HURON — Landscape architecture students at South Dakota State University are recommending that the city of Huron create more appealing walkways along Dakota Avenue with prairie boulevards, offer cultural understanding with a new center and place an emphasis on biking with specific on-road lanes.
Nine students presented their ideas at the Monday luncheon of the Huron Sertoma Club, four months after starting the project with an on-site visit.
They inventoried all of the green spaces the city offers with its parks, school playgrounds and special use areas like the state fairgrounds, and evaluated neighborhood sidewalks in terms of their appeal and safety.
The overall goal is to suggest ways the city can create a more attractive environment for residents and visitors.
Student recommendations are included in a report that is available at City Hall.
They said the main crosstown thoroughfare, Dakota Avenue, has a lack of plant life and an abundance of concrete. In some places there are no sidewalks, and those on foot must walk through parking lots.
The students are proposing prairie boulevards of plant life grown between the sidewalk and the avenue, using native flowers and buffalo grass. Benches and trash receptacles could also be added.
Huron is a prairie town and creating such an atmosphere along the city’s busiest street would preserve that heritage, they said.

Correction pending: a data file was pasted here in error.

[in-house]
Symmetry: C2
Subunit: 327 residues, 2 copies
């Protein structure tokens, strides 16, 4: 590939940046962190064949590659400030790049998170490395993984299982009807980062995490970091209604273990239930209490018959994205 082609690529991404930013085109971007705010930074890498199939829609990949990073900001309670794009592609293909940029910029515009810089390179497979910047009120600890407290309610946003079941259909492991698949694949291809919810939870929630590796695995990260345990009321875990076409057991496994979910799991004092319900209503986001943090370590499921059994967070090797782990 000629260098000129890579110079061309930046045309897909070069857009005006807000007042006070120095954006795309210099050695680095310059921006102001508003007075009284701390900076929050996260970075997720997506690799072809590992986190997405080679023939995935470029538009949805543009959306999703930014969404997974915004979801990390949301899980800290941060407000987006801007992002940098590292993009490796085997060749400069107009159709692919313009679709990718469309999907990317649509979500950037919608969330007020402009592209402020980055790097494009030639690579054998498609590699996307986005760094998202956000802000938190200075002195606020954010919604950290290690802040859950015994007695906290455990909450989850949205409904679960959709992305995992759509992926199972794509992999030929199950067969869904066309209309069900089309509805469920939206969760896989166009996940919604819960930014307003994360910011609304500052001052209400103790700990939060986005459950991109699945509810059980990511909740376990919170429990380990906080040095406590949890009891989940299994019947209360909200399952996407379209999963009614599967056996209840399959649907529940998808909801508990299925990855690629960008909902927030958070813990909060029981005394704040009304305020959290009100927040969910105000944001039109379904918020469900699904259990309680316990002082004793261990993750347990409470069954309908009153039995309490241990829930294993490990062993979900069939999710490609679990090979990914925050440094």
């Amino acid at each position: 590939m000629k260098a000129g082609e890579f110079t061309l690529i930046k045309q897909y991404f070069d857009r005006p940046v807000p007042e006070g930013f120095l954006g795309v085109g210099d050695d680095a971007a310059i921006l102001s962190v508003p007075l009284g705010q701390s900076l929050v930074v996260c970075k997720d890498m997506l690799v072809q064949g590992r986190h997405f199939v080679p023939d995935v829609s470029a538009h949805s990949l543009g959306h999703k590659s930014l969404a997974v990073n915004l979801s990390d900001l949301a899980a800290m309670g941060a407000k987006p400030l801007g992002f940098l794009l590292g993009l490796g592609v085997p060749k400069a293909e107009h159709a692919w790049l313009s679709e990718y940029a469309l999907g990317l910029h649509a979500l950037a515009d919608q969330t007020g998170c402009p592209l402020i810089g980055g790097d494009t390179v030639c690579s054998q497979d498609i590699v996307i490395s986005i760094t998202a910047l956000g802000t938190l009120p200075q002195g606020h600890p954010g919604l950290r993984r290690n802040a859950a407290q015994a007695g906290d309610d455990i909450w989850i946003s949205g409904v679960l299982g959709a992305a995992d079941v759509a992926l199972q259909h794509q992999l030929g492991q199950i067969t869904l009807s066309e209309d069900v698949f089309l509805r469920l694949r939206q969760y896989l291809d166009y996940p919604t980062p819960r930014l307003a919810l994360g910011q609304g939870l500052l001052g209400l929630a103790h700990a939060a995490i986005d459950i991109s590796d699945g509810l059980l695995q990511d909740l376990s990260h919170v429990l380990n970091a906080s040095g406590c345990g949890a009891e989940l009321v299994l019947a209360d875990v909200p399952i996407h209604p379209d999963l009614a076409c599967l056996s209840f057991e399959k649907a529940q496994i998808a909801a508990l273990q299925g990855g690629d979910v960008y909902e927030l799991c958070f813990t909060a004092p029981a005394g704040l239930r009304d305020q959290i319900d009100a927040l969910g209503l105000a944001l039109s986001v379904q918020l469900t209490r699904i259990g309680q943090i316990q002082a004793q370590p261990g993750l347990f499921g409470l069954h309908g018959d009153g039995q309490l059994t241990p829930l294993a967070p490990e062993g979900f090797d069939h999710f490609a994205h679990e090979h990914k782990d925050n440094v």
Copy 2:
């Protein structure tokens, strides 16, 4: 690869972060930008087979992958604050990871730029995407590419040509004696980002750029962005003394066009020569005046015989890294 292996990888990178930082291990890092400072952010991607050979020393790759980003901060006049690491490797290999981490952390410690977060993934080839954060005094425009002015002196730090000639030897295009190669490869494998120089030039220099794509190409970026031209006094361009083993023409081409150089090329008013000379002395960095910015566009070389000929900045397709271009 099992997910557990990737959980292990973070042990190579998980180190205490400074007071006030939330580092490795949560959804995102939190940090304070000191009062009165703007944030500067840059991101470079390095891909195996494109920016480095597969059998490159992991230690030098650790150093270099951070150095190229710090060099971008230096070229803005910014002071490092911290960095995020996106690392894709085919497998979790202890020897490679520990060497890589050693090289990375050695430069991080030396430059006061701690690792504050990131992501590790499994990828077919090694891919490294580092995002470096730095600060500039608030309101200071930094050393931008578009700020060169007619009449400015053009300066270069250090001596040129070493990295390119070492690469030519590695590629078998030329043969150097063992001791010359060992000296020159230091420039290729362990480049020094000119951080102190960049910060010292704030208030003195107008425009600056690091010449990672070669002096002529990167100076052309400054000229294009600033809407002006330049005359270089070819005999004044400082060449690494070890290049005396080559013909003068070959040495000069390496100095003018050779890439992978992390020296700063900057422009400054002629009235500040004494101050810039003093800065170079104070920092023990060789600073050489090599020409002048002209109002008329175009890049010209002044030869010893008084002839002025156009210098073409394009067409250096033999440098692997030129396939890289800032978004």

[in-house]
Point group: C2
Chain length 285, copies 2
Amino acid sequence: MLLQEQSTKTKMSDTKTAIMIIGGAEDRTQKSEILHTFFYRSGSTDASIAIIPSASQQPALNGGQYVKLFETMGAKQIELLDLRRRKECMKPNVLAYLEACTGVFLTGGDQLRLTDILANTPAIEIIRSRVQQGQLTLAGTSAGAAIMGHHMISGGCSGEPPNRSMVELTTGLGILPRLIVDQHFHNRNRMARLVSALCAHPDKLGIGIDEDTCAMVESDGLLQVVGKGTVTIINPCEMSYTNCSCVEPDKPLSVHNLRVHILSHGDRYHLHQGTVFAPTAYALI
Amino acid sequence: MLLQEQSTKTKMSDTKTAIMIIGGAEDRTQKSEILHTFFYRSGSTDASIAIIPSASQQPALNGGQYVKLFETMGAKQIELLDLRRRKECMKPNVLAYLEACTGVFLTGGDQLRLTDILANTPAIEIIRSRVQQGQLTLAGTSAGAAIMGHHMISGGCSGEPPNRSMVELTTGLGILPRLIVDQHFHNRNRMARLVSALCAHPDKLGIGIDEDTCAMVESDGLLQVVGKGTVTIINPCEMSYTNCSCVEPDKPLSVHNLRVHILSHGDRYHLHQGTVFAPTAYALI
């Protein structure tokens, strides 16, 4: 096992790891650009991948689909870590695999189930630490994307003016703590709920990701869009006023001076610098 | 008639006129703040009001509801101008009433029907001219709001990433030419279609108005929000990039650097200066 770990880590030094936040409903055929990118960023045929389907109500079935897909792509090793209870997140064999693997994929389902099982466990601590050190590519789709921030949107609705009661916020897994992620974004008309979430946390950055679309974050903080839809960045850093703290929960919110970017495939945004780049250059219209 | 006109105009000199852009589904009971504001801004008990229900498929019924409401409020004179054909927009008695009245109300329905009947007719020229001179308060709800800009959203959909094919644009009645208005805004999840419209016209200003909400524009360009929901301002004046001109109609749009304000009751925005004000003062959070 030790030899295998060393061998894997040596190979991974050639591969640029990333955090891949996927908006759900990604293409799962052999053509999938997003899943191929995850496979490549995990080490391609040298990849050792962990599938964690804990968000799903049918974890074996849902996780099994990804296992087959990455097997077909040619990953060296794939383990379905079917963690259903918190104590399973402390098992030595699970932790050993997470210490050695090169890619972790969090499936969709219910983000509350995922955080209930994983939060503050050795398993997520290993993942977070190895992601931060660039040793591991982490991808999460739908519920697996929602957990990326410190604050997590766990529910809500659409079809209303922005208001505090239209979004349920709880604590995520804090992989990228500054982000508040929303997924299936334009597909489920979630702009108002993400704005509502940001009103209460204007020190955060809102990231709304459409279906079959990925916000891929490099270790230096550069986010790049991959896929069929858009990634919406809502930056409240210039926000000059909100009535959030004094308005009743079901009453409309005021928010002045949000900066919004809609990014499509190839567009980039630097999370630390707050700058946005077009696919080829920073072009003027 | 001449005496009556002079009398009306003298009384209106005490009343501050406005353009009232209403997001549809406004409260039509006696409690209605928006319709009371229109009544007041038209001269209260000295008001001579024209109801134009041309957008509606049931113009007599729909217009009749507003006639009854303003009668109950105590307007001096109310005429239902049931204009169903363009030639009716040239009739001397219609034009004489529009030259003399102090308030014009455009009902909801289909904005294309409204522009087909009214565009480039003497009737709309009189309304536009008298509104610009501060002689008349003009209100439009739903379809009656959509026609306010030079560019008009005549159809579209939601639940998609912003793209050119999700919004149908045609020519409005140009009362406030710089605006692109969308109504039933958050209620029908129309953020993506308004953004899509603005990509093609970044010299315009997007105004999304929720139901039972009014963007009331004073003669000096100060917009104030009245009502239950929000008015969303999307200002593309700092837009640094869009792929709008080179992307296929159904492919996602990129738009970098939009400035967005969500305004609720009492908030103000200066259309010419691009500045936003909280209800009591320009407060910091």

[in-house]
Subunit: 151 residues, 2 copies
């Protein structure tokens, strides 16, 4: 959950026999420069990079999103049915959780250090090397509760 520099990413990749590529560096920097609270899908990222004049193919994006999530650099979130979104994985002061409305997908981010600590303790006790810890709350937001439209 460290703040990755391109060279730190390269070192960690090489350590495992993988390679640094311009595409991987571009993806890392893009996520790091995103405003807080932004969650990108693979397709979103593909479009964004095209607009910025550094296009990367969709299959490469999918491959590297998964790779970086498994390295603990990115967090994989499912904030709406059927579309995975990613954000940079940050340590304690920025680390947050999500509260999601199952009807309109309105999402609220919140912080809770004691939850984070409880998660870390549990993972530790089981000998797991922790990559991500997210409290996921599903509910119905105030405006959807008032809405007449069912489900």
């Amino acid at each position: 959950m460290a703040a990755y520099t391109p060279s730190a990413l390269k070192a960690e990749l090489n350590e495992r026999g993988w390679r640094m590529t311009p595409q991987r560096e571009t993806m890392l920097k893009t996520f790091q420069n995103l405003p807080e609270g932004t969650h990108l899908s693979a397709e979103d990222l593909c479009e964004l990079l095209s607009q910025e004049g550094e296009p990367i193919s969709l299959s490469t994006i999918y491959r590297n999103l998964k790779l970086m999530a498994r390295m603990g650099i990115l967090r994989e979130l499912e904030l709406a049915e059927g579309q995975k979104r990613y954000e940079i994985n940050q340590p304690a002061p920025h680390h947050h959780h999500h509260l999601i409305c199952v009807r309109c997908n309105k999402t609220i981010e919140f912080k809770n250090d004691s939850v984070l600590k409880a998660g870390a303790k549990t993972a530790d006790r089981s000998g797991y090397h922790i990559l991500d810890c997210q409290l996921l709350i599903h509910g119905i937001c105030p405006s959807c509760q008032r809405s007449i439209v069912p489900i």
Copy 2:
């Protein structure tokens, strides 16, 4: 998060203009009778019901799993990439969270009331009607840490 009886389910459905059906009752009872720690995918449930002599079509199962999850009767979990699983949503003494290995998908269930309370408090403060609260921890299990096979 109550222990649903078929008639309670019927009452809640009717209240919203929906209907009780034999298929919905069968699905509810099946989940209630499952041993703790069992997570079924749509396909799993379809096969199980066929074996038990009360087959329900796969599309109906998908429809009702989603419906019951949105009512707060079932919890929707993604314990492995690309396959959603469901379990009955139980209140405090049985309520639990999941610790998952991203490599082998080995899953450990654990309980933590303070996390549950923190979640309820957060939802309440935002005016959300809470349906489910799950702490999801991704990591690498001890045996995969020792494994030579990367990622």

Establishing a cultural center would provide an opportunity for cultural learning and understanding.
It could be a place for classes for cultural integration and allow the Karen people to have a memorial for friends and family members left behind.
The students suggested acquisition of a large vacant building adjacent to the railroad tracks on Dakota Avenue, or upper level space in a downtown building.
Funding sources could be donations, a public-private partnership, a small temporary sales tax or grants from the National Trust Preservation fund.
But the students conceded that funding would be a major challenge and that the community needs to come together if it wants to move forward on their ideas.
For the city parks, they recommended sustainable landscaping for Riverside Park because of its presence in the flood plain. They suggested some kind of green buffer between Winter and Campbell parks, and have sustainable landscaping in the downtown area. The city should consider establishing new parks in the newly developing areas, such as near Wal-Mart and near Ravine Lake in northeast Huron.
They define active transportation as any mode of travel other than motorized vehicles. Huron already has five miles of trails and they recommended that effort continue with multi-use trails and bike lanes.
Having specific on-road bike lanes in the downtown area would mean the elimination of parallel parking, and that would be a hard sell for business owners, they agreed.
For the complete article see the 04-23-2013 issue.
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